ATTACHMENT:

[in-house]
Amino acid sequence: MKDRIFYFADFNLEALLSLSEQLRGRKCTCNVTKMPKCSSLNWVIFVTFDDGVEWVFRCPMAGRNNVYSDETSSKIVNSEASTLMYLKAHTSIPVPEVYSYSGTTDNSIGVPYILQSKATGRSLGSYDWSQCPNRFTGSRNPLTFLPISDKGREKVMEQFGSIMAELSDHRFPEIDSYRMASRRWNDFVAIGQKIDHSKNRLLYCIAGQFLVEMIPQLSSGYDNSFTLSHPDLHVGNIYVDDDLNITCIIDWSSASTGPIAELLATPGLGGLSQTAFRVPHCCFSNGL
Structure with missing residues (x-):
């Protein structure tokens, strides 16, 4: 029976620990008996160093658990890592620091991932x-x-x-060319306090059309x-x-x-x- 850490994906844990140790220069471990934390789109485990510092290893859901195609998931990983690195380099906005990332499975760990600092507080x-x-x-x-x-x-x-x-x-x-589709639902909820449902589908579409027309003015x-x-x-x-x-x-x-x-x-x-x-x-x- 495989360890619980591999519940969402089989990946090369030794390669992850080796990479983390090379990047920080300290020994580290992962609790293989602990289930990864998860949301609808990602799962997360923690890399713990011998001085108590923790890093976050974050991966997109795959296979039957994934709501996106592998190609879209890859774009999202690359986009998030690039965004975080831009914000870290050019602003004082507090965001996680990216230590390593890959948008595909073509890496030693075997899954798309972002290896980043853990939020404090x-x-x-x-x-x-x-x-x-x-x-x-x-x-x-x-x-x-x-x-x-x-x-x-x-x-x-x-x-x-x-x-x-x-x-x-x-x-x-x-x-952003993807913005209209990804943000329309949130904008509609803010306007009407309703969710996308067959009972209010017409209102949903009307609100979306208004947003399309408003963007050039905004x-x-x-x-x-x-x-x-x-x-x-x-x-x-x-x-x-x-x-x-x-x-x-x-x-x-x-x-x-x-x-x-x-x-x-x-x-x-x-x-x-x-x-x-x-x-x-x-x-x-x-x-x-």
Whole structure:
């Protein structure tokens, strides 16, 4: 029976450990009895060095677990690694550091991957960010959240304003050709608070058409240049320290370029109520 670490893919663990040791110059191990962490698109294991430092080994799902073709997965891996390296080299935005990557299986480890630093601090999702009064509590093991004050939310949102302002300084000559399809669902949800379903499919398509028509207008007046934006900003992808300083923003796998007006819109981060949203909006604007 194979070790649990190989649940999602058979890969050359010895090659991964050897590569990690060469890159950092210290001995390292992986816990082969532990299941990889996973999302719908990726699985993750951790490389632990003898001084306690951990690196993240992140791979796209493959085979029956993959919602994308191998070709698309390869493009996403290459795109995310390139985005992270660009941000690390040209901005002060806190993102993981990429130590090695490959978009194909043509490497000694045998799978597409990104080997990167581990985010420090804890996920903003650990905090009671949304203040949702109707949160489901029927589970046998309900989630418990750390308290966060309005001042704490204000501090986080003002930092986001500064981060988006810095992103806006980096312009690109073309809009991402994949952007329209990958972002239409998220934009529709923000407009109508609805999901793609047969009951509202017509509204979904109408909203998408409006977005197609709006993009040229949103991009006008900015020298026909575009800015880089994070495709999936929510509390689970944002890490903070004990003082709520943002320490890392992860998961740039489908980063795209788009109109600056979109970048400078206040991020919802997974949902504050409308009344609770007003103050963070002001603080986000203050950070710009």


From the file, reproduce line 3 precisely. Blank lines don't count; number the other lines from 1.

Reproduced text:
Structure with missing residues (x-):